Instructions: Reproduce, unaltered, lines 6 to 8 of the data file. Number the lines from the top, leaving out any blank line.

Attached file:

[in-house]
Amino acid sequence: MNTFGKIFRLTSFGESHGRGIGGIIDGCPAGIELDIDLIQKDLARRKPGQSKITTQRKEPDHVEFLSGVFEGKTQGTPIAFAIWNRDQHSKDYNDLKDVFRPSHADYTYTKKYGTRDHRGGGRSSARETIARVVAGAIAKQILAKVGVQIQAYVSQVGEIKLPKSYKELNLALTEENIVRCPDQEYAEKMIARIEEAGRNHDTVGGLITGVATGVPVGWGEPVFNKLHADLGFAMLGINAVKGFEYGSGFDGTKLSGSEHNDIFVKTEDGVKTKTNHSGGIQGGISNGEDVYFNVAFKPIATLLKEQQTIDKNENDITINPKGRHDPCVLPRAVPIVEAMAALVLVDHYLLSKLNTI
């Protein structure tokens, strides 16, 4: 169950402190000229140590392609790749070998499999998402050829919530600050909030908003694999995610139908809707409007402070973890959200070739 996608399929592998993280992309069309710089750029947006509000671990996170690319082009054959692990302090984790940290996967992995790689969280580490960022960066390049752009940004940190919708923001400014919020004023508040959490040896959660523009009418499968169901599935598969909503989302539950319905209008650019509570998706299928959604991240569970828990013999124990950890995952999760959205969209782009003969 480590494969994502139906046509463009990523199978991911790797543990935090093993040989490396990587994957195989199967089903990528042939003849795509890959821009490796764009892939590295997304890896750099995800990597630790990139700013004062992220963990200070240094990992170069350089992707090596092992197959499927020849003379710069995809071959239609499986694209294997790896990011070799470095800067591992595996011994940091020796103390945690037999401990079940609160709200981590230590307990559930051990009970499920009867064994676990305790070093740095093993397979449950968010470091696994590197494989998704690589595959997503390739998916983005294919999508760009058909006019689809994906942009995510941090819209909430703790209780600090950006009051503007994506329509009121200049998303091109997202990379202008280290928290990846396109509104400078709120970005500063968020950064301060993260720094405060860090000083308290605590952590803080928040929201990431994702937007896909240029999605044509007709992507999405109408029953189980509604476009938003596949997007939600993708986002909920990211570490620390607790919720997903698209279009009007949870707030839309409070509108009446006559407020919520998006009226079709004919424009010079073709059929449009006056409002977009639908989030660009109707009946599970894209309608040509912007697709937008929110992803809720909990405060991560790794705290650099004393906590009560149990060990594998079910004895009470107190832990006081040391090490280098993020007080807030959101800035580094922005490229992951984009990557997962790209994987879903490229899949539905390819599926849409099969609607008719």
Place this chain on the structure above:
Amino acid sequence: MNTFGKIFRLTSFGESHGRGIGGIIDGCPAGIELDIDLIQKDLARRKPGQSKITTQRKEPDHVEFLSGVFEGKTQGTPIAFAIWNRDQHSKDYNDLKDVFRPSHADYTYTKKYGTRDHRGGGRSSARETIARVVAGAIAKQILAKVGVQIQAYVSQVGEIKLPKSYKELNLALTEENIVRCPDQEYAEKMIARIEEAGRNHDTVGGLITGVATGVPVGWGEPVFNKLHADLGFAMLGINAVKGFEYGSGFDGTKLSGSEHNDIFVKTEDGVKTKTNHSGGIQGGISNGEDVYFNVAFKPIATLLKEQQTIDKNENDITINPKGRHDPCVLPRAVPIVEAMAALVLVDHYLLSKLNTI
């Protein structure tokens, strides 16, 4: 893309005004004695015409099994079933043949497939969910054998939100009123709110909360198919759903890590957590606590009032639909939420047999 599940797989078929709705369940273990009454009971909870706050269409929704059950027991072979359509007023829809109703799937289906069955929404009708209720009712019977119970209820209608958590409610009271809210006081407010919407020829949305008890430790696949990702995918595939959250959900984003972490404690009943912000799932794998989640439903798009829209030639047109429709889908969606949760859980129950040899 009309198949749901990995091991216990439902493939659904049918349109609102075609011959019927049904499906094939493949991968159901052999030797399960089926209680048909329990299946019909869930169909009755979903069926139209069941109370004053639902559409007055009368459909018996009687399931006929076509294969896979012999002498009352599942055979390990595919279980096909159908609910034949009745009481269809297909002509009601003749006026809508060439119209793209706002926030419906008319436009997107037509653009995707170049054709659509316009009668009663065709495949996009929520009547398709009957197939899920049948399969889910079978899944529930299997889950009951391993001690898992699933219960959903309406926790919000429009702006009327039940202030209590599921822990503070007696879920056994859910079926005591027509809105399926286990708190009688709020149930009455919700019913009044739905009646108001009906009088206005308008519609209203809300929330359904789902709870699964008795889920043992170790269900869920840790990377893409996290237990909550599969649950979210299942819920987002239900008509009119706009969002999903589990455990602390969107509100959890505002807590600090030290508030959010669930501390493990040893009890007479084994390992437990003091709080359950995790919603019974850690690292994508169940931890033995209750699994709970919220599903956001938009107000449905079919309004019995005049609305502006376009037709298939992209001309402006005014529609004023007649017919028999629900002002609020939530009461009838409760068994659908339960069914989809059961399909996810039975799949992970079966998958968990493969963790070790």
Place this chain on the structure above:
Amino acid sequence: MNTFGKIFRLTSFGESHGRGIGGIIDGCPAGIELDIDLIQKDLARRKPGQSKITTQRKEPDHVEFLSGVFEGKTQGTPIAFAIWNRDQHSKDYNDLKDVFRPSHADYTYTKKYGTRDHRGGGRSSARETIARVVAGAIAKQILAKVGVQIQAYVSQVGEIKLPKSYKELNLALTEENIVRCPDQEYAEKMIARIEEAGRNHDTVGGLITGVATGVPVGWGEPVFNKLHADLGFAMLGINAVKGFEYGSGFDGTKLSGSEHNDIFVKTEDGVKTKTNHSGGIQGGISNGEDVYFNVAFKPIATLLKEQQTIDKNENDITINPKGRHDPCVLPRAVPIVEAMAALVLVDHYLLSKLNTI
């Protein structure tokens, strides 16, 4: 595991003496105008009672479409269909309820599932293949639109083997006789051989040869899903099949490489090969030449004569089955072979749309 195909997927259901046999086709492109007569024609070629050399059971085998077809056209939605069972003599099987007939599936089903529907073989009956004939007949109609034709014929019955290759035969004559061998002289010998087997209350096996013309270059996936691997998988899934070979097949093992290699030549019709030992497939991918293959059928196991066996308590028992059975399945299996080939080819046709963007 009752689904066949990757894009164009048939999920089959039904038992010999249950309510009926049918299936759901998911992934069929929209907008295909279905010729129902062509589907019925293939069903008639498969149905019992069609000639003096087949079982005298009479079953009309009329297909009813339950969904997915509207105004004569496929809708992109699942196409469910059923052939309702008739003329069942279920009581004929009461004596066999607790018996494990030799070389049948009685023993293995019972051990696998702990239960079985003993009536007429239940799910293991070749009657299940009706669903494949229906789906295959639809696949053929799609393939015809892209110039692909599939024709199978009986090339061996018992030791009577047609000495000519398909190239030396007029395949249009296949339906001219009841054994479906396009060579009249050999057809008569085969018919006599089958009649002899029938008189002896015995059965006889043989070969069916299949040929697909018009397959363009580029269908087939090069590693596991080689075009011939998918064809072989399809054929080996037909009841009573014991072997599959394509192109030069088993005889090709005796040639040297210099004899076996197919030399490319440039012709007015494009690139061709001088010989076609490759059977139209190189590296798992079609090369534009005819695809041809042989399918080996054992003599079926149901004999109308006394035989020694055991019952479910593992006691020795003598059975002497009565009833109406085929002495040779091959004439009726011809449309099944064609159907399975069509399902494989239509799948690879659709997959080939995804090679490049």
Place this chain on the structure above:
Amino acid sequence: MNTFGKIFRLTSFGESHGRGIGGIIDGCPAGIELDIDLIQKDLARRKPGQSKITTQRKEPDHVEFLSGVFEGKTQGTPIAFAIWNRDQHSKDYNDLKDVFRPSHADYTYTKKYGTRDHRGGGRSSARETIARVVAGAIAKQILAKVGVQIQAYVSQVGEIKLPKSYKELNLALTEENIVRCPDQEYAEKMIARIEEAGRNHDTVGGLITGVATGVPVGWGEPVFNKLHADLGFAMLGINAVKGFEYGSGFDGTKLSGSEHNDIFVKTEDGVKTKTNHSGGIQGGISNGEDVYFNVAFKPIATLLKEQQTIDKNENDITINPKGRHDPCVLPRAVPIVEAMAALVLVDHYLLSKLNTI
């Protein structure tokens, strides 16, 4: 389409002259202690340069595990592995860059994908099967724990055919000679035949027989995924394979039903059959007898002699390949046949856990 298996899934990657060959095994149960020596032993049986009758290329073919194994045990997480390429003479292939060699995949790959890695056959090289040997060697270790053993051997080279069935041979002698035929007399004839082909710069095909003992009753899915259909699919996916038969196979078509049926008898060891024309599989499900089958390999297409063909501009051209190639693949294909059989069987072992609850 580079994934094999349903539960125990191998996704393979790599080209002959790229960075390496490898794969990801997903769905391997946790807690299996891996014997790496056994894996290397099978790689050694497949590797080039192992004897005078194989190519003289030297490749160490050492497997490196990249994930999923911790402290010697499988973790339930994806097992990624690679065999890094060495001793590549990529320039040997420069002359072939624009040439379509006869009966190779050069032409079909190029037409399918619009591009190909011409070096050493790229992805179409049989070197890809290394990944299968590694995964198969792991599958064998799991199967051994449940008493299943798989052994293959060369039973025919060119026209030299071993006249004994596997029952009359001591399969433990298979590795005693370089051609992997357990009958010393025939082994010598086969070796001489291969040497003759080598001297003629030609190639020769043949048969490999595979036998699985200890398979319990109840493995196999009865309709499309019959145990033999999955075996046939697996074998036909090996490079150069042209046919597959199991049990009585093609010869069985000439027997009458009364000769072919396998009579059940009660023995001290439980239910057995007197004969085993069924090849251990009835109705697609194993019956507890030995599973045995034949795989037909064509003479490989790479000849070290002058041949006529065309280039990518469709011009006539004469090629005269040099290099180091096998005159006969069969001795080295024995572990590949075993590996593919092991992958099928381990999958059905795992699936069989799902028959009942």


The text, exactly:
């Protein structure tokens, strides 16, 4: 893309005004004695015409099994079933043949497939969910054998939100009123709110909360198919759903890590957590606590009032639909939420047999 599940797989078929709705369940273990009454009971909870706050269409929704059950027991072979359509007023829809109703799937289906069955929404009708209720009712019977119970209820209608958590409610009271809210006081407010919407020829949305008890430790696949990702995918595939959250959900984003972490404690009943912000799932794998989640439903798009829209030639047109429709889908969606949760859980129950040899 009309198949749901990995091991216990439902493939659904049918349109609102075609011959019927049904499906094939493949991968159901052999030797399960089926209680048909329990299946019909869930169909009755979903069926139209069941109370004053639902559409007055009368459909018996009687399931006929076509294969896979012999002498009352599942055979390990595919279980096909159908609910034949009745009481269809297909002509009601003749006026809508060439119209793209706002926030419906008319436009997107037509653009995707170049054709659509316009009668009663065709495949996009929520009547398709009957197939899920049948399969889910079978899944529930299997889950009951391993001690898992699933219960959903309406926790919000429009702006009327039940202030209590599921822990503070007696879920056994859910079926005591027509809105399926286990708190009688709020149930009455919700019913009044739905009646108001009906009088206005308008519609209203809300929330359904789902709870699964008795889920043992170790269900869920840790990377893409996290237990909550599969649950979210299942819920987002239900008509009119706009969002999903589990455990602390969107509100959890505002807590600090030290508030959010669930501390493990040893009890007479084994390992437990003091709080359950995790919603019974850690690292994508169940931890033995209750699994709970919220599903956001938009107000449905079919309004019995005049609305502006376009037709298939992209001309402006005014529609004023007649017919028999629900002002609020939530009461009838409760068994659908339960069914989809059961399909996810039975799949992970079966998958968990493969963790070790």
Place this chain on the structure above:
Amino acid sequence: MNTFGKIFRLTSFGESHGRGIGGIIDGCPAGIELDIDLIQKDLARRKPGQSKITTQRKEPDHVEFLSGVFEGKTQGTPIAFAIWNRDQHSKDYNDLKDVFRPSHADYTYTKKYGTRDHRGGGRSSARETIARVVAGAIAKQILAKVGVQIQAYVSQVGEIKLPKSYKELNLALTEENIVRCPDQEYAEKMIARIEEAGRNHDTVGGLITGVATGVPVGWGEPVFNKLHADLGFAMLGINAVKGFEYGSGFDGTKLSGSEHNDIFVKTEDGVKTKTNHSGGIQGGISNGEDVYFNVAFKPIATLLKEQQTIDKNENDITINPKGRHDPCVLPRAVPIVEAMAALVLVDHYLLSKLNTI